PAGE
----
Security forces forcibly dispersed the long-running sit-in in Khartoum on Monday morning (local time), June 3. At least five protesters were killed and dozens more wounded in the raid as of 09:30; activists claim as many as eight people were killed. Heavy gunfire was reported in central Khartoum, particularly near the army headquarters where the sit-in was being held. Security forces reportedly closed streets in the area and surrounded nearby hospitals. Further clashes are possible in the coming hours.
In the neighboring city of Omdurman, thousands of protesters blocked streets in protest, burning tires and erecting roadblocks. No security forces were reported near those protests as of 08:00.
President Omar al-Bashir was removed from office on April 11 following a military coup. The military then dissolved the government, suspended the constitution, and announced it would rule the country for two years in a transitional government - known as the Transitional Military Council (TMC) - after which time fresh presidential elections would be held. Sit-in demonstrations have continued in Khartoum as activists demand increased civilian participation in negotiations. The military recently warned of "danger" to the ongoing sit-in protests following several weeks of sporadic violence.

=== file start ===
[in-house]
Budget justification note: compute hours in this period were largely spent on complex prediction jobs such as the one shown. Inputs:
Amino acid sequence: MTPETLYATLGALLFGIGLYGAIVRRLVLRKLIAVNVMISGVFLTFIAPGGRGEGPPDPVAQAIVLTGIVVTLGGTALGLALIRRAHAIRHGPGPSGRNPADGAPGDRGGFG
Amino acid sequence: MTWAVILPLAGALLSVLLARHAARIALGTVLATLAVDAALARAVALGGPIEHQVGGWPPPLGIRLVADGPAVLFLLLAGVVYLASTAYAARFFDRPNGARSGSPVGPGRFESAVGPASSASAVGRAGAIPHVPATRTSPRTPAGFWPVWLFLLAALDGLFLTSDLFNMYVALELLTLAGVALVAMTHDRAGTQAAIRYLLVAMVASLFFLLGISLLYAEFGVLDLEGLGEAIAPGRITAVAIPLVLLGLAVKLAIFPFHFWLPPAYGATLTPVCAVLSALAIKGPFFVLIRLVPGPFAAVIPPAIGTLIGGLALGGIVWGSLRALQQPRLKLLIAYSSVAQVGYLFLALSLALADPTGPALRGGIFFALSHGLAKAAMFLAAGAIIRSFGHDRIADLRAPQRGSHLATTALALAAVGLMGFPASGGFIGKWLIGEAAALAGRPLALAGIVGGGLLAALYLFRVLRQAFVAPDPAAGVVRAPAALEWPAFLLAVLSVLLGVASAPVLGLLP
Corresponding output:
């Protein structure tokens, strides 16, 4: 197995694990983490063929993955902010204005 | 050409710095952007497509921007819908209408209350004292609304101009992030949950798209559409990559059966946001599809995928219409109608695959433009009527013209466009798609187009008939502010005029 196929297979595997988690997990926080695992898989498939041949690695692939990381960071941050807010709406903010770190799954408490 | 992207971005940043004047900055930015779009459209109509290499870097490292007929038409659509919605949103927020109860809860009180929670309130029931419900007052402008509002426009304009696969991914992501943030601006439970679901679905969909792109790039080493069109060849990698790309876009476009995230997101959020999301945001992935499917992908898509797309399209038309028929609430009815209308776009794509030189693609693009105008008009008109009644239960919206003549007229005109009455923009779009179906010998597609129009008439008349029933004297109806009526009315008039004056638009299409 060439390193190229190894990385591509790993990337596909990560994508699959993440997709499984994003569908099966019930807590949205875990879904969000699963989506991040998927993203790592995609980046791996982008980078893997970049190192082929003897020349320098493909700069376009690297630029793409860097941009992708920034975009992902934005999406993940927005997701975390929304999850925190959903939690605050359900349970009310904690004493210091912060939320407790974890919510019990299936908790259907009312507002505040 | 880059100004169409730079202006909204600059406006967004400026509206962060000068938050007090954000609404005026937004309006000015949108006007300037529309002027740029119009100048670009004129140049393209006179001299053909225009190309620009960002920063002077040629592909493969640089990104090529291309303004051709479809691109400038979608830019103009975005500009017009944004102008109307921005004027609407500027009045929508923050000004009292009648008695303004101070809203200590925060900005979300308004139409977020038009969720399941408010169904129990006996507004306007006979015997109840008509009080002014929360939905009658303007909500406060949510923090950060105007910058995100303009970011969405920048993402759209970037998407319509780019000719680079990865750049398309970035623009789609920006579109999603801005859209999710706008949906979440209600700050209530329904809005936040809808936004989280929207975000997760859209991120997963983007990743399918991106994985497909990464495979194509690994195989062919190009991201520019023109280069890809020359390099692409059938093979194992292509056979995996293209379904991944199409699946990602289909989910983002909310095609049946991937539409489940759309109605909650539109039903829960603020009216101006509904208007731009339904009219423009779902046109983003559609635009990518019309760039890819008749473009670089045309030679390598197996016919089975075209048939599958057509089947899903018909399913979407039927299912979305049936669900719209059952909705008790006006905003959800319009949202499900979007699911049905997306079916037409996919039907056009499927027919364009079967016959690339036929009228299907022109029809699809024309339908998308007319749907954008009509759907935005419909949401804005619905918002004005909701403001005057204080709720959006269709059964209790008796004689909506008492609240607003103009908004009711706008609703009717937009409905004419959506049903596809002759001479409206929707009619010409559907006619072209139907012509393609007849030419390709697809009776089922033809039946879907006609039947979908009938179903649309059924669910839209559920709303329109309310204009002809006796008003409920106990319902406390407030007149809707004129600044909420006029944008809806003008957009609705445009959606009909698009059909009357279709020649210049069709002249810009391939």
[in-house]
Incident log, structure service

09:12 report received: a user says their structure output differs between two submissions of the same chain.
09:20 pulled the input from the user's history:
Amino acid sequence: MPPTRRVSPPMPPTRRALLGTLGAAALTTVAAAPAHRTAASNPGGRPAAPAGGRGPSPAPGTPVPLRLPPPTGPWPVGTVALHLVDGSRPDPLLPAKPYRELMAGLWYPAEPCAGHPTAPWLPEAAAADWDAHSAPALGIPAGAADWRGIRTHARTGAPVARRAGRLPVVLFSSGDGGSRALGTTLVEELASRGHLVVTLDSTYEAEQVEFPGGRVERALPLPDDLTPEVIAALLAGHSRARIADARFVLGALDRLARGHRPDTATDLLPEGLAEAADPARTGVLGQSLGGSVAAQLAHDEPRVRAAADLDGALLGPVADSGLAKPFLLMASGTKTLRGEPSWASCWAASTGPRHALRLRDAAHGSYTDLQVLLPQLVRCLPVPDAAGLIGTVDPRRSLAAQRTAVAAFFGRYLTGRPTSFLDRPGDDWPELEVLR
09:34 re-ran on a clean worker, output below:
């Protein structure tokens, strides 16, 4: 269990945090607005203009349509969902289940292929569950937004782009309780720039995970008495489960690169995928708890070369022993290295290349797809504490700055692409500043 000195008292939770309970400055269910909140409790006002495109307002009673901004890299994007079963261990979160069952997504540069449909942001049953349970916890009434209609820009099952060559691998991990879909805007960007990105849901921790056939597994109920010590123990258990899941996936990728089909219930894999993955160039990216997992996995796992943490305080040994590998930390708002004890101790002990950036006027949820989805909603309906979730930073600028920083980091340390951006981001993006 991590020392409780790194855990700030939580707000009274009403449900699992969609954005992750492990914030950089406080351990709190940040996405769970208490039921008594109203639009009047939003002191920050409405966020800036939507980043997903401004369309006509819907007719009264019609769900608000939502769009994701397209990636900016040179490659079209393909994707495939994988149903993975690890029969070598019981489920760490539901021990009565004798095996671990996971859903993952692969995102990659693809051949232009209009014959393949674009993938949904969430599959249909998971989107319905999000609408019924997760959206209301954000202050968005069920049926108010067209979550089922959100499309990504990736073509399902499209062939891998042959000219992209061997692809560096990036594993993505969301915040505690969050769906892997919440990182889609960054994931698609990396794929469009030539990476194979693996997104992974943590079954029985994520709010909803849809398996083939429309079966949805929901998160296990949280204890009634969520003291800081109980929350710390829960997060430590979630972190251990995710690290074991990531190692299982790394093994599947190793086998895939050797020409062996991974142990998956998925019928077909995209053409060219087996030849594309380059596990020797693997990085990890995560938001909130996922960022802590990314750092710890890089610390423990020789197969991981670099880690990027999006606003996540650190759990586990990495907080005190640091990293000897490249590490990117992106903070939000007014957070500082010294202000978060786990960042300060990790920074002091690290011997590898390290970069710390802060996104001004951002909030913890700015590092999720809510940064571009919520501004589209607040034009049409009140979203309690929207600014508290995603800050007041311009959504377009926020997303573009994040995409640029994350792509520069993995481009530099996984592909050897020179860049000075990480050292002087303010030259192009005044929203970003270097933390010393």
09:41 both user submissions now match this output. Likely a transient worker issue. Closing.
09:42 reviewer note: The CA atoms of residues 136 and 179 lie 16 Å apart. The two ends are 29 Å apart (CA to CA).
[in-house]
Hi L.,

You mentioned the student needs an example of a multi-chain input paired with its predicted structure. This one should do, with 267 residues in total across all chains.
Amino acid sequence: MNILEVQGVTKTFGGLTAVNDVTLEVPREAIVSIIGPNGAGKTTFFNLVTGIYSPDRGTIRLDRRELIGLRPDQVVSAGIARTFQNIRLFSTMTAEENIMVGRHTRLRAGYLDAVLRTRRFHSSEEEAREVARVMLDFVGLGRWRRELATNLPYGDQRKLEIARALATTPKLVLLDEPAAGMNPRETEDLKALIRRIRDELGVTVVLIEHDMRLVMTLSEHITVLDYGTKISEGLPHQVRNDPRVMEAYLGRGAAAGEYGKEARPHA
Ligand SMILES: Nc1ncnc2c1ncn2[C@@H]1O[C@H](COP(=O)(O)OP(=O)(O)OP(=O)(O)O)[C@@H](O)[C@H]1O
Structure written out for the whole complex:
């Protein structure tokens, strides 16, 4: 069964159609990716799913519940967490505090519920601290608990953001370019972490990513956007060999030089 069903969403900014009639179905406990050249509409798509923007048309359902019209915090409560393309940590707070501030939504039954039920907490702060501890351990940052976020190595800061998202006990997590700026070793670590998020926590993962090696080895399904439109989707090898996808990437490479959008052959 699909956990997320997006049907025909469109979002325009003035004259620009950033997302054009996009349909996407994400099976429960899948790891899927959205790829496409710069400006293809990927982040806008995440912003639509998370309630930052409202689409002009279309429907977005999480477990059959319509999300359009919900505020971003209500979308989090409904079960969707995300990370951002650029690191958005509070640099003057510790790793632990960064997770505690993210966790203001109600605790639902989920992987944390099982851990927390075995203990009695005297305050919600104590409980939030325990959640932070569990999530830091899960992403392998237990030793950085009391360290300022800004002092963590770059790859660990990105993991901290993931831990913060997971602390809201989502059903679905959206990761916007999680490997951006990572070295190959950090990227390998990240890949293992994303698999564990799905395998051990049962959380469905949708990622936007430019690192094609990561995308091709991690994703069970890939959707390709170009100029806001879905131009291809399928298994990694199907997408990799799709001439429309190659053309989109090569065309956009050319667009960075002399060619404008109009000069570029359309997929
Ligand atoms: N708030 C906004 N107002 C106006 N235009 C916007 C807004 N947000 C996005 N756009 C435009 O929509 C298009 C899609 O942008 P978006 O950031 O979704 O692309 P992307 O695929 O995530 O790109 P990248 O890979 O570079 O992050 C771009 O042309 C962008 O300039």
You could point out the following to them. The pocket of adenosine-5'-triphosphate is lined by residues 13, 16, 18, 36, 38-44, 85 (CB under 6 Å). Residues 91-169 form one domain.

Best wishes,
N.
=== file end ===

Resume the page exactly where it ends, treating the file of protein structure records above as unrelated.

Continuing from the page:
A three-month state of emergency remains in place and Sudanese border crossings have been closed until further notice. The US State Department issued a notice on April 11 calling for all non-emergency government employees to evacuate from Sudan as a precaution. US diplomatic authorities have also warned US citizens to refrain from all travel to the country until further notice.
Individuals in Sudan, and Khartoum in particular, are advised to closely monitor the situation, anticipate continued security operations and significant transportation disruptions, refrain from nonessential movement, and be prepared for continued violence.
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